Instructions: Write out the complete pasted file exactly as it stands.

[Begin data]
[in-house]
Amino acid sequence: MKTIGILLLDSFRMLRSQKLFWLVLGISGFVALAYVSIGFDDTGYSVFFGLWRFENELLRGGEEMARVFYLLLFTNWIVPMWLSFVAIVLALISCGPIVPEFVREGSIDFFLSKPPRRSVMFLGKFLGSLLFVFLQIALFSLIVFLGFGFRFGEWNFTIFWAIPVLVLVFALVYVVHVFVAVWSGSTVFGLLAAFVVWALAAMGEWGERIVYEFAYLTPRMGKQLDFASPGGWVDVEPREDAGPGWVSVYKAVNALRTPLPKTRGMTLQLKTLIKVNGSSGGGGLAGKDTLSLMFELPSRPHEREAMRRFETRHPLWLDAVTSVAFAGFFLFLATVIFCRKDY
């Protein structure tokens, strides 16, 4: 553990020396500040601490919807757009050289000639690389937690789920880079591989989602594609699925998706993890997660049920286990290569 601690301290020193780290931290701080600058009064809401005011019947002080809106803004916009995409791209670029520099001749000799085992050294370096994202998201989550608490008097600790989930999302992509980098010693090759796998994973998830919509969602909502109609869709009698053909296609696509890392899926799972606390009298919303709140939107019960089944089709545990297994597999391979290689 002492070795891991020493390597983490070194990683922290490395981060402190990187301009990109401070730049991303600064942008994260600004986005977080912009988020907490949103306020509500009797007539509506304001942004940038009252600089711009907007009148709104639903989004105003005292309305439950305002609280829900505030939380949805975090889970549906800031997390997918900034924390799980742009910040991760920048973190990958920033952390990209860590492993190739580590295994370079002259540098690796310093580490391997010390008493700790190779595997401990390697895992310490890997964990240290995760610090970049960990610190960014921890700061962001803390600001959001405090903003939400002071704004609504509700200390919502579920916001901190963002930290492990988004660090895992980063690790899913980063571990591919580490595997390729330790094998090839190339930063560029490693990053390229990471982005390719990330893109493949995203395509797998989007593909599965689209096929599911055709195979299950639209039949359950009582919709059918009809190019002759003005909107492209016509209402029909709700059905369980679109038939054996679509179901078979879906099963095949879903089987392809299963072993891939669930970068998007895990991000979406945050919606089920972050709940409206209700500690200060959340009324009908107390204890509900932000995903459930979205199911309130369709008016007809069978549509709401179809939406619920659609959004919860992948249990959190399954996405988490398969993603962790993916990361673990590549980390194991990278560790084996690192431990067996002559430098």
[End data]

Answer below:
[in-house]
Amino acid sequence: MKTIGILLLDSFRMLRSQKLFWLVLGISGFVALAYVSIGFDDTGYSVFFGLWRFENELLRGGEEMARVFYLLLFTNWIVPMWLSFVAIVLALISCGPIVPEFVREGSIDFFLSKPPRRSVMFLGKFLGSLLFVFLQIALFSLIVFLGFGFRFGEWNFTIFWAIPVLVLVFALVYVVHVFVAVWSGSTVFGLLAAFVVWALAAMGEWGERIVYEFAYLTPRMGKQLDFASPGGWVDVEPREDAGPGWVSVYKAVNALRTPLPKTRGMTLQLKTLIKVNGSSGGGGLAGKDTLSLMFELPSRPHEREAMRRFETRHPLWLDAVTSVAFAGFFLFLATVIFCRKDY
């Protein structure tokens, strides 16, 4: 553990020396500040601490919807757009050289000639690389937690789920880079591989989602594609699925998706993890997660049920286990290569 601690301290020193780290931290701080600058009064809401005011019947002080809106803004916009995409791209670029520099001749000799085992050294370096994202998201989550608490008097600790989930999302992509980098010693090759796998994973998830919509969602909502109609869709009698053909296609696509890392899926799972606390009298919303709140939107019960089944089709545990297994597999391979290689 002492070795891991020493390597983490070194990683922290490395981060402190990187301009990109401070730049991303600064942008994260600004986005977080912009988020907490949103306020509500009797007539509506304001942004940038009252600089711009907007009148709104639903989004105003005292309305439950305002609280829900505030939380949805975090889970549906800031997390997918900034924390799980742009910040991760920048973190990958920033952390990209860590492993190739580590295994370079002259540098690796310093580490391997010390008493700790190779595997401990390697895992310490890997964990240290995760610090970049960990610190960014921890700061962001803390600001959001405090903003939400002071704004609504509700200390919502579920916001901190963002930290492990988004660090895992980063690790899913980063571990591919580490595997390729330790094998090839190339930063560029490693990053390229990471982005390719990330893109493949995203395509797998989007593909599965689209096929599911055709195979299950639209039949359950009582919709059918009809190019002759003005909107492209016509209402029909709700059905369980679109038939054996679509179901078979879906099963095949879903089987392809299963072993891939669930970068998007895990991000979406945050919606089920972050709940409206209700500690200060959340009324009908107390204890509900932000995903459930979205199911309130369709008016007809069978549509709401179809939406619920659609959004919860992948249990959190399954996405988490398969993603962790993916990361673990590549980390194991990278560790084996690192431990067996002559430098």